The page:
Rocky Mountain (Colorado, Utah, the Dakotas, Wyoming, Montana), Rebecca Russo, 303-312-6757.
West Coast (California, Oregon, Washington, Alaska, Arizona, Idaho, Nevada, Hawaii, Canada and Mexico), Kristin Riha, 415-947-4140.
These organizations of state, local and private entities are designed to promote clean air initiatives, including funding and loan programs for emissions control equipment such as APUs. Rebecca Russo of the Rocky Mountain Collaborative said that individual carriers can join their regional collaborative for access to information.
For more information about these organizations, go to the EPA website, www.epa.gov/
cleandiesel, and click on Regional Collaboratives.
Russo also suggested that carriers go to the EPA SmartWay website (www.epa.gov/smartway) for more information.
FMCSA Update: EOBR, Learner Permit Standards
The Federal Motor Carrier Safety Administration may expand its proposed requirement for electronic onboard recorders to include all carriers, rather than just those who persistently violate the hours of service rules.
"I am asking [FMCSA] staff to look at ways we can expand that rule and still be within the scope of what we published," FMCSA Administrator John Hill said in remarks to the National Industrial Transportation League.
Under the proposed rule, the agency would require mandatory recorders for carriers that violate the hours rules 10 percent or more of the time, as determined in two compliance reviews within a two-year period.
That approach was the middle of three options the agency considered for its proposal. The lesser option was to keep recorders optional. The greater was to require them industry-wide.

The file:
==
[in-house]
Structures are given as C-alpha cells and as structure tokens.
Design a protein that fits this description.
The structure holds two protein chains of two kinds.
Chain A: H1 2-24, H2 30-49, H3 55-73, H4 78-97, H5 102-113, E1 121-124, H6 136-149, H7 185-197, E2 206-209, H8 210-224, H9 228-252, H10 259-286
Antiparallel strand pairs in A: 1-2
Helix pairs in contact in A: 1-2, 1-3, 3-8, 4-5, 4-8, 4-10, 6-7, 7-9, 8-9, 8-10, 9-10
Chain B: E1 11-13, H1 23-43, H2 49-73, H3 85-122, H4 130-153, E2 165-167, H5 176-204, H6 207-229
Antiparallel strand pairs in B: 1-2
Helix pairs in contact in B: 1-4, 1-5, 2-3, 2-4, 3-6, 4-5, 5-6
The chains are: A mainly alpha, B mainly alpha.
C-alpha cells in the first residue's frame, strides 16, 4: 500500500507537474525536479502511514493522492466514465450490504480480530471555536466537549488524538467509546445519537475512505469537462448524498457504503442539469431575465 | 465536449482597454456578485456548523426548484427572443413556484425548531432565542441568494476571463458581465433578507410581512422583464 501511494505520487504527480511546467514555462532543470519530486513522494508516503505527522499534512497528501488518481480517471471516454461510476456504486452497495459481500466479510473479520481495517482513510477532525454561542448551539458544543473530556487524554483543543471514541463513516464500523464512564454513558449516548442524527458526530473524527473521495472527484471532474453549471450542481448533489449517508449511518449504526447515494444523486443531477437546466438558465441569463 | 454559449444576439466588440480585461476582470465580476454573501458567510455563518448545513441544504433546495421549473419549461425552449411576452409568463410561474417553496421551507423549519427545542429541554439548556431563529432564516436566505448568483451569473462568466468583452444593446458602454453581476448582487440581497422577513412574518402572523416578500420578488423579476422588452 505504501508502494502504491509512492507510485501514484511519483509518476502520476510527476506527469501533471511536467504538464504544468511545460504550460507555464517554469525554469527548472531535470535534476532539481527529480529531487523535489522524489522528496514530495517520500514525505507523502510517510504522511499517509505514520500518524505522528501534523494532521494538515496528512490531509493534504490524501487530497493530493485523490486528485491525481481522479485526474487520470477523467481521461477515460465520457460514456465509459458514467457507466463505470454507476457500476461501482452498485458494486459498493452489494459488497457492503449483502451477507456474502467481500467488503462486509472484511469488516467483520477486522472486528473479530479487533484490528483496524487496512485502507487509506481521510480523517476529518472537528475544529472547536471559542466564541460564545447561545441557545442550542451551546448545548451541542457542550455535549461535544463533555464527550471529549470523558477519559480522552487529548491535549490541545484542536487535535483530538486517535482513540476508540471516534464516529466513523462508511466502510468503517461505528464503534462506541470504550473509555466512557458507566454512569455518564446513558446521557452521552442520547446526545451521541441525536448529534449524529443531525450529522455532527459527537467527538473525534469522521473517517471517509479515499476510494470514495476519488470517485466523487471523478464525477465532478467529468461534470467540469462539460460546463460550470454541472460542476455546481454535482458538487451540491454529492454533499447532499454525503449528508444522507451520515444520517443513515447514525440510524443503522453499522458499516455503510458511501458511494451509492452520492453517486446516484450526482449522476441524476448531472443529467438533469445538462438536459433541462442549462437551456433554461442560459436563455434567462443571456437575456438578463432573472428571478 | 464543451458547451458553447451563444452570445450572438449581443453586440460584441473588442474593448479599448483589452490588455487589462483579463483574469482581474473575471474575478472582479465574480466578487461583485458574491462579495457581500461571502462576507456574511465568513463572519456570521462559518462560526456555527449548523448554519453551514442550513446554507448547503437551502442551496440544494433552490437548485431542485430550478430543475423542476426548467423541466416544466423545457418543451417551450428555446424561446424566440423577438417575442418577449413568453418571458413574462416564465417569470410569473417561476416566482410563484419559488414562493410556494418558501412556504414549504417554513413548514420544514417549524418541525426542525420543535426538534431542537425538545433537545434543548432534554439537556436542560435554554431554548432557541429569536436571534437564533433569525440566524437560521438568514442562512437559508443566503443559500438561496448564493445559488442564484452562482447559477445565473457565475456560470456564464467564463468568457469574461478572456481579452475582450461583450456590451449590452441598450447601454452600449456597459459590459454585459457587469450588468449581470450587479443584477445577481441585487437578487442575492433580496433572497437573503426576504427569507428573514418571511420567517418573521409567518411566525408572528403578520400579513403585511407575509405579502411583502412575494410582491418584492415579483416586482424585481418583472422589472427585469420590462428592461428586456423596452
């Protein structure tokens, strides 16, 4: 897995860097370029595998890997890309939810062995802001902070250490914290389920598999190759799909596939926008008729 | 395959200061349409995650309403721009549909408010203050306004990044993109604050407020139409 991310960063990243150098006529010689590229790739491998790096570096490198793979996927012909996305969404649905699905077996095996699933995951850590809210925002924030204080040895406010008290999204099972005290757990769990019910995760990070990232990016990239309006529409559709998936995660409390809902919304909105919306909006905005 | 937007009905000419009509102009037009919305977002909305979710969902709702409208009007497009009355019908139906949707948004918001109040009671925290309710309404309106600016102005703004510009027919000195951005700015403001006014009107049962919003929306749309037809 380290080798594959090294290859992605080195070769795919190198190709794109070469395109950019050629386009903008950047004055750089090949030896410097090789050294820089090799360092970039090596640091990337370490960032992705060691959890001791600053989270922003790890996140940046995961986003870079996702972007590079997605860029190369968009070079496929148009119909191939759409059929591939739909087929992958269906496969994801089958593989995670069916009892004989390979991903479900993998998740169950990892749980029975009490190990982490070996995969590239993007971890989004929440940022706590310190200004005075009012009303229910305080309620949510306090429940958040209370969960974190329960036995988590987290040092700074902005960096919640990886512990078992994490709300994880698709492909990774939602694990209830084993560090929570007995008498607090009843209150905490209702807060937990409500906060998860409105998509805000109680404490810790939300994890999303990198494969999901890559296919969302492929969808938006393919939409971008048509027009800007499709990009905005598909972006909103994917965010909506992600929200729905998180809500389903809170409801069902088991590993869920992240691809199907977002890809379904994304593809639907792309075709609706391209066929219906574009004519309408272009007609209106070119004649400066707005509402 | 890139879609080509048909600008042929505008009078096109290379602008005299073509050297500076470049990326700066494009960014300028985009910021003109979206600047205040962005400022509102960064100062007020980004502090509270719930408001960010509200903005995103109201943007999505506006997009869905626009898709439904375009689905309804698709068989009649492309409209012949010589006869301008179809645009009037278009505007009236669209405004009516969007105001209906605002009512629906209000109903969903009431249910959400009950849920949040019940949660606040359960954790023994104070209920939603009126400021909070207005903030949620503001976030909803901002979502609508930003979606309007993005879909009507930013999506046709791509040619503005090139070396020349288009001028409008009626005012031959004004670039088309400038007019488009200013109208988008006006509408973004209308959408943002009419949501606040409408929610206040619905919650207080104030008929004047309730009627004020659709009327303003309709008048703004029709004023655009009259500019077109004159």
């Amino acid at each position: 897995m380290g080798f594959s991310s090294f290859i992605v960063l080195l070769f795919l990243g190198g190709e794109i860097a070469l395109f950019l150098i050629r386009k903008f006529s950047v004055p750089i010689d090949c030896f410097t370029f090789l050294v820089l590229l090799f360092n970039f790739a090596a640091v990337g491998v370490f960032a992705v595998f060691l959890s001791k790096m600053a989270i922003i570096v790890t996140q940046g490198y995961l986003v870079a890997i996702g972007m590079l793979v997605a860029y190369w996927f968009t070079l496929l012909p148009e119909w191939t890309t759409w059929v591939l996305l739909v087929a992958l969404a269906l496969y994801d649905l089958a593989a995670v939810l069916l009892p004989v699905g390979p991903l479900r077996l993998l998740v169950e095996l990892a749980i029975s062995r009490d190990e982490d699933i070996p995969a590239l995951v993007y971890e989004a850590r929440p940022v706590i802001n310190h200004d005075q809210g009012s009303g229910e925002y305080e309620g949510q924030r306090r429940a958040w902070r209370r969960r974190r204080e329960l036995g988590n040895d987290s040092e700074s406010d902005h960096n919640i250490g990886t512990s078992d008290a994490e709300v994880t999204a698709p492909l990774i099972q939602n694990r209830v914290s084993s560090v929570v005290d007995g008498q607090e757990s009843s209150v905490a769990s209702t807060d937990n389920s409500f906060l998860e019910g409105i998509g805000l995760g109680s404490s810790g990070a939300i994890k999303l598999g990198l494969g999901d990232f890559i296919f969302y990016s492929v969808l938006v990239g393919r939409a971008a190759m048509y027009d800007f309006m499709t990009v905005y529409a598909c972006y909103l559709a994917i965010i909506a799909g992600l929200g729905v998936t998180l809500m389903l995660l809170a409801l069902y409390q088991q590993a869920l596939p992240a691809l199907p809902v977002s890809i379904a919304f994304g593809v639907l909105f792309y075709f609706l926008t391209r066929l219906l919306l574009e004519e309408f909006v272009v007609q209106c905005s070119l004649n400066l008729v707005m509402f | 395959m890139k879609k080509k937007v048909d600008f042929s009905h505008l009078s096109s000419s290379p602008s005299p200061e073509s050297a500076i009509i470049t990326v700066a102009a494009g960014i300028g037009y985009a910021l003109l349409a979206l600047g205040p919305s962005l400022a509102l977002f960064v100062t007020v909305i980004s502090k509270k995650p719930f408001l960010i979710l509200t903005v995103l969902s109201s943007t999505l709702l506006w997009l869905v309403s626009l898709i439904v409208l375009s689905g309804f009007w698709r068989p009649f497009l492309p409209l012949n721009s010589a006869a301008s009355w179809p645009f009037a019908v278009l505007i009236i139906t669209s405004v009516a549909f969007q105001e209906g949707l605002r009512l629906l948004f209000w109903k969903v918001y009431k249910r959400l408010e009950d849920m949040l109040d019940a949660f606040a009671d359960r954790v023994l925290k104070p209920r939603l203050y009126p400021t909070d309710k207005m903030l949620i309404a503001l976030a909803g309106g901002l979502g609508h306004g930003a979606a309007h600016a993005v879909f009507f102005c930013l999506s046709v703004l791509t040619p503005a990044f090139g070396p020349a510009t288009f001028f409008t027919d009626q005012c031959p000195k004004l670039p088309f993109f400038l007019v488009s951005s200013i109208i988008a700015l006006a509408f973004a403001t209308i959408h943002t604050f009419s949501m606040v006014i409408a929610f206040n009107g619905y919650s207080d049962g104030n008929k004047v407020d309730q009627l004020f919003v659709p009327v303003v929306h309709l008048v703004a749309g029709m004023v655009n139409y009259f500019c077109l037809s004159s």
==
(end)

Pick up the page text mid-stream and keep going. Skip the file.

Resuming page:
Hill did not say definitely that the agency will switch to the universal option - he is precluded by law from discussing the proposal in detail - but this marks at least the second time he has indicated that the agency is looking at a stricter approach.
In other news, the agency proposed to revise its knowledge and skills tests for the commercial license, and to set new standards for states to issue commercial learner's permits.
Under the proposal, an applicant for a learner's permit would have to pass the knowledge test. Also, a would-be driver would have to obtain the learner's permit and hold it for a month before applying for a CDL. The state would have to check the driver's record before issuing the permit.
In addition, the agency proposed tougher documentation requirements for both permit and license applicants - states would have to check the applicant's Social Security number with the Social Security Administration, for example.
The proposal was published in the April 9 Federal Register.
Hill also said the agency is working on a proposal to create a database for driver drug and alcohol testing. This is in response to concerns about "job hoppers" - drivers who test positive for drugs or alcohol and are fired by the carrier, but soon find a way to pass the drug test without going through the required rehabilitation program and are hired by another carrier.
The agency's plan is to come up with a rule that would identify drivers who do not comply with the rules, and give carriers access to that information.[PAGEBREAK]